When my maternal grandmother’s house was cleared after she died this photograph was found among her papers. There are no names, date or other details recorded on it, not even the name of the photographer. My mum could not remember having seen the photo before but thought that the baby bore some resemblance to my aunt at a similar age and was probably my grandmother.
Due to family circumstances my grandmother, ‘Nannie’ to me and my sister, had few possessions dating from her childhood or even from the early years of her own children, but somehow this photograph had survived the ups and downs of her eighty-two years.
When I began researching her family, building on records collected by my mum some years earlier, one of the tasks I set myself was to identify the people in this photo and the approximate date it was taken.
Having traced records of my great-grandparents and their family I now believe this photograph was taken before Nannie was born and is of her parents Hector McNeil (1886-1954) and Agnes Gray McNeil née Frickleton (1892-1923) with their three oldest surviving children: Andrew Frickleton McNeil born 1911, James ‘Jimmy’ McNeil born 1913 and Agnes Gray Frickleton McNeil born 1915.
I suspect the photograph may date from the family’s move from the mining village of Standburn near Falkirk in Stirlingshire, where these children were born, to the City of Glasgow where their next child, Hector, was born in 1917, and so was probably taken about 1916.
What I don’t know is the identity of the girl standing at the back of the photo. She was obviously considered important enough to be included in a family portrait but somehow she seems a little apart from the rest of the group, not quite one of the family. Although the photo is a little unclear it appears that Hector has his arm slightly in front of her, rather than around her protectively as with his son.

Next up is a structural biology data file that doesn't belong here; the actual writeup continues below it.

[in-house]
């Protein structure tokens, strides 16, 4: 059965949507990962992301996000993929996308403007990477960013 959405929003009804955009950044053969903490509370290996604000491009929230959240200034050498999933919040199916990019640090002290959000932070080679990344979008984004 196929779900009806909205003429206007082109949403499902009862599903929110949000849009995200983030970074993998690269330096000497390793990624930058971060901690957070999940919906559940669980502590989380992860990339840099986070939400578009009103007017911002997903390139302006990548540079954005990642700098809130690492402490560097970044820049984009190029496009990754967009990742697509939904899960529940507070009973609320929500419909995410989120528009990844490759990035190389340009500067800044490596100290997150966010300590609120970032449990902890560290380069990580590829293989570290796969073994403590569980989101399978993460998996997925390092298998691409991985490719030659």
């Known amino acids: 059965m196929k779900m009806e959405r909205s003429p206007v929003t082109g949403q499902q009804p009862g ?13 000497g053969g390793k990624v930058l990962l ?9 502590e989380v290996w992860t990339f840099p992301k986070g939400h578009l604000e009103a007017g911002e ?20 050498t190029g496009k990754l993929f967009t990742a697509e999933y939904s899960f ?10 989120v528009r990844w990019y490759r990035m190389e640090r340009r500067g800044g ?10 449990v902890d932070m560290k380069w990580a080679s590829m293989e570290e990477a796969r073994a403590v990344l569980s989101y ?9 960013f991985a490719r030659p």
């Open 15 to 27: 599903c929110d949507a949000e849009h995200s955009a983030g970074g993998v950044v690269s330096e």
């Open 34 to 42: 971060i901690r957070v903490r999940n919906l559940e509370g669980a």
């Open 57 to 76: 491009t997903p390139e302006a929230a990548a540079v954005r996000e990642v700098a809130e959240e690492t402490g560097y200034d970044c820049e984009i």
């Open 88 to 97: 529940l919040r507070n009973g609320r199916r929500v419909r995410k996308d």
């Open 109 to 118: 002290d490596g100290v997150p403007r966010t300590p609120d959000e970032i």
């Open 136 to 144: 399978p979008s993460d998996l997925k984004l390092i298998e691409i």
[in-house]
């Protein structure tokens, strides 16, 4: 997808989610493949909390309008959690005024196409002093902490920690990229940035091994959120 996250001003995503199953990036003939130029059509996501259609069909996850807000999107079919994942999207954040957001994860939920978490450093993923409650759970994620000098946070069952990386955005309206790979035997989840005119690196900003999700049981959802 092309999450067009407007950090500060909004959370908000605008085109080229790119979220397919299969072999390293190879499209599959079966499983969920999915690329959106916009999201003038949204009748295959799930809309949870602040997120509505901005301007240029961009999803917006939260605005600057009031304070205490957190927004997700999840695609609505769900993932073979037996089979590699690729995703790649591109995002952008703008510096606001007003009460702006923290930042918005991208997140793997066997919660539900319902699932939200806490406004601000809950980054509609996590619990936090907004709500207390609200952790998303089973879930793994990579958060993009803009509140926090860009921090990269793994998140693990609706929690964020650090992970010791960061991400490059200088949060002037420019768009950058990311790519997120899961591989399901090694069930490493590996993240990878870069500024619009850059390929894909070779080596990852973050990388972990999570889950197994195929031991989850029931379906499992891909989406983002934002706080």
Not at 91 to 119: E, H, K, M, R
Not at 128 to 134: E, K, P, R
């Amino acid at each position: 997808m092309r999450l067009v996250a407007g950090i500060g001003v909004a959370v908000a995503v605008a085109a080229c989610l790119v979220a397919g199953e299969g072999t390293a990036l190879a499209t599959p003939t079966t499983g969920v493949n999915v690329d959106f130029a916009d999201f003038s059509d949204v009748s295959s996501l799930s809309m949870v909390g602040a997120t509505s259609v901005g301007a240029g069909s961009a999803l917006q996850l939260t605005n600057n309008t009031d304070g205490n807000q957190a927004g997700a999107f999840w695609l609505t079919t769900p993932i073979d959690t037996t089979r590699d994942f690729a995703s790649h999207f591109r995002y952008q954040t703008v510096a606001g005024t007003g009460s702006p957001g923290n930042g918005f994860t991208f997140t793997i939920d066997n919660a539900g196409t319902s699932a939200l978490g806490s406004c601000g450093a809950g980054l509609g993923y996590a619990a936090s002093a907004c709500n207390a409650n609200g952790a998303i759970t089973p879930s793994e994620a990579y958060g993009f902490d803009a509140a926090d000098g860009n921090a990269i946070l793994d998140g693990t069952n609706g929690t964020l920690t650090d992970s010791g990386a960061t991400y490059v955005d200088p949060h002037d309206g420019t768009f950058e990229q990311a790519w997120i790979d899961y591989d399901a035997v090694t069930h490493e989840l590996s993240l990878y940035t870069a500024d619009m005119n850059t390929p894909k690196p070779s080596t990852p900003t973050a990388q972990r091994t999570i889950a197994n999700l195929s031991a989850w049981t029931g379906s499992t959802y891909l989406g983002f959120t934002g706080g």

It’s rather difficult to judge how old she might be, but certainly quite a few years older than the other children and, I think, probably too old to be Agnes’ daughter.
Agnes was the eldest of ten children, eight of whom were girls, and so my guess is that this girl is one of Agnes’ little sisters. Agnes might have been glad to have an extra pair of hands to help take care of her growing family and the girls’ parents might well have been grateful to have one less mouth to feed.
I’ve been lucky enough to find out quite a lot about the Frickleton sisters. Firstly through the detailed information on various Freckleton/Frackleton/Frickleton families at www.geocities.com/pookyface that alerted me to the fact that Agnes was the only one of the sisters to remain in Scotland, the rest (and one brother) all emigrated. Then through records of their emigration and later lives available online at www.findmypast.com and www.ancestry.com. And finally through the great kindness of a former client who asked ‘if there’s ever anything I can look up for you in Canada’ (probably not imagining that there was!) and found me several newspaper notices and an extract from a book relating to the two sisters who emigrated to Canada and their families.
I realise I will probably never know for certain who the girl in this photograph is, and, that as far as researching my family history goes, this isn’t one of the greatest unanswered questions. But for some reason I’d really like to put a name to this face, so if anyone out there thinks she looks familiar I would love to hear from you!